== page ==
Erling Haaland was back on the score sheet, and he could have had even more if VAR awarded him a deserved penalty in the first half. Kevin de Bruyne’s goal, which restored City’s two-goal lead after Brighton made it 2-1, is also worth pulling out to highlight a larger point. At that point in the match, Pep Guardiola’s squad wasn’t exactly struggling, but it seemed like they were being sucked back into a contest. At that point, though, the Belgian stepped up and buried a bolt from the blue.

While it doesn’t always click, that’s the quality Manchester City has. It seems incredible that they can still be underestimated, but underestimate/overlook/forget them at your own risk.

Loser: Steven Gerrard

Gerrard could have been on this list by virtue of losing his job. Villa’s performance on Sunday, however, confirmed his place as one of our losers. His former club brushed Brentford aside 4-0, putting 11 shots on goal in what could be a season-changing performance.

Beyond that result, the way in which Villa played has gotten some, like Alan Shearer, wondering if Gerrard lost the dressing room (h/t football365). While it’s impossible to know what things were like behind the scenes, the way the (now former) manager handled Tyrone Mings’ certainly suggests that there could have been some internal tensions in the squad.

With all of that being said, though, Aston Villa will travel to Newcastle for their next match, putting that new manager bounce to the test.

Winner: Erik ten Hag

The Dutchman made a big call by dropping Cristiano Ronaldo, and while his Manchester United squad didn’t win, they put in a worthy performance to earn a draw at Chelsea. That reality (combined with the near-universal praise of ten Hag) will be massive for his status within the club.

At the risk of making it seem like players are perpetually plotting a coup, managers need to prove their authority and get everyone to buy in. Had United collapsed against Chelsea, we might be singing a different tune. But ETH pushed his chips into the center of the table and won a big bet. It seems like his players, barring Ronaldo, of course, are buying in, and the general consensus is that he made the right call.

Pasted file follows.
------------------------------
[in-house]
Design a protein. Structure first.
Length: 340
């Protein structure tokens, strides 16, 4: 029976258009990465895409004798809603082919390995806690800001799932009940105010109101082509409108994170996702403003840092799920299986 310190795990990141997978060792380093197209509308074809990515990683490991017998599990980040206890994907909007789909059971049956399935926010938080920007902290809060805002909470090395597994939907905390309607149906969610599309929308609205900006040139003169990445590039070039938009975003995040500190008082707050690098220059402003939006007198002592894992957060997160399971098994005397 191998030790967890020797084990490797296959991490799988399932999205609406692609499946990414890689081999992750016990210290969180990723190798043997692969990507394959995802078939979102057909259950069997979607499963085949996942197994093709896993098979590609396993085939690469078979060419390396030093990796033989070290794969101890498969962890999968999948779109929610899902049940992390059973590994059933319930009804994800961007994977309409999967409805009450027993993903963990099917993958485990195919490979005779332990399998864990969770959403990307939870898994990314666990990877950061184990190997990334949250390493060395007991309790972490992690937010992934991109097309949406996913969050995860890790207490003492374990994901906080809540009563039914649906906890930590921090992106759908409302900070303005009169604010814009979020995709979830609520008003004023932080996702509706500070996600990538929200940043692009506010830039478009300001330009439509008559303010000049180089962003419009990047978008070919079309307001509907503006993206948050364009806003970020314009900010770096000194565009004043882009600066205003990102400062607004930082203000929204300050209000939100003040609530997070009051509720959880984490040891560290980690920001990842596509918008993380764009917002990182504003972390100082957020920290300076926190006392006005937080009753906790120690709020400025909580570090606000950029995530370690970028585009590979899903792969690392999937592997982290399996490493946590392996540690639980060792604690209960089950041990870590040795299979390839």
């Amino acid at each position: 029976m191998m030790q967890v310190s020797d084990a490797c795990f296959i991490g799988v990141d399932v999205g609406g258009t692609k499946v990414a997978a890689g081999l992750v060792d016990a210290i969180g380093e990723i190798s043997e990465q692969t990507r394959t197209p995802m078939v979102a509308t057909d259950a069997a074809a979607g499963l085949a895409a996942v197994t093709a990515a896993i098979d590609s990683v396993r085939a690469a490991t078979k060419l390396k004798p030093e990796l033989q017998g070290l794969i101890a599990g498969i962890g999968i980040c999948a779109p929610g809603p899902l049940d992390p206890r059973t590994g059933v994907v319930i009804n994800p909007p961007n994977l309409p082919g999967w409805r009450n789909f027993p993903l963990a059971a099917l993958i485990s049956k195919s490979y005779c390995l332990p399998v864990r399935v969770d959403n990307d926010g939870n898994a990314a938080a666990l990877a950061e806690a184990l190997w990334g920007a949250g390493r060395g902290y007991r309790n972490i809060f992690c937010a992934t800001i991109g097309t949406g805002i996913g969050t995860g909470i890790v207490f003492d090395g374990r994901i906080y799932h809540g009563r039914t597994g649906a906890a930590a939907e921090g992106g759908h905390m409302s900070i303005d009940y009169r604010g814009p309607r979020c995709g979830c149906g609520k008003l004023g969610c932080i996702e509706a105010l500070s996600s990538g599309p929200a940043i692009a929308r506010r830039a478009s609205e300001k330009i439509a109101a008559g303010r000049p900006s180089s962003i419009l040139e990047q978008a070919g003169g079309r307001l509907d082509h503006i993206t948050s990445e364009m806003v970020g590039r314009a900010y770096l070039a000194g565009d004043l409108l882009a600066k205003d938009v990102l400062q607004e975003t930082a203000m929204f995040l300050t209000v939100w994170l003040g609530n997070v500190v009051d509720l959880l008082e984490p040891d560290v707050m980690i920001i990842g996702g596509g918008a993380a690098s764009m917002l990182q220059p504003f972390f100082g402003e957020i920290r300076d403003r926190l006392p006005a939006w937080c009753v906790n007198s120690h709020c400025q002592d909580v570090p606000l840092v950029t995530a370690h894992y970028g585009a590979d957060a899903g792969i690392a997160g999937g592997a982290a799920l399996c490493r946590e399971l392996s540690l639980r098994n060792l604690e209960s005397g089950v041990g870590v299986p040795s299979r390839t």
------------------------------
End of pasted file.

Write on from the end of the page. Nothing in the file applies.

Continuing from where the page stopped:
Things can still get uglier, though, and goodwill only goes so far if you aren’t winning matches. As of now, though, ten Hag’s stock is rightfully rising.

Loser: Roy Keane


Cristiano Ronaldo Continues to Prove He’s His Own Worst Enemy

At this point in time, Roy Keane’s reputation has made the transition from being a hard man on the pitch to being the grumpy man on Sky Sports. When it came to Cristiano Ronaldo, however, the former Manchester United man suddenly changed his tune.

If you spend a few seconds on Youtube, you can find clips of Keane calling United performances embarrassing, saying things aren’t good enough for a club of their stature, and the like. When it came to Erik ten Hag leaving Cristiano Ronaldo out of the squad, though, the Irish midfielder wanted to see things from CR7’s perspective and make excuses for his behavior. In this instance, it seems, some players can be bigger than the club.

Imagine what would have happened if someone like Paul Pogba had refused to come on as a substitute and left the stadium early. Plenty of pundits, including Keane, would have called him a dressing room cancer, said he was unworthy of playing for a club like United, and the like. Cristiano Ronaldo, however, should be understood as a fearless competitor who just wants to be on the pitch.

What prompted that change of heart? Could it have anything to do with the fact that Keane and Cristiano Ronaldo were teammates at Manchester United?

It’s a mystery that the world may never solve.

Have thoughts on this topic? Keep the conversation rolling in our comments section below.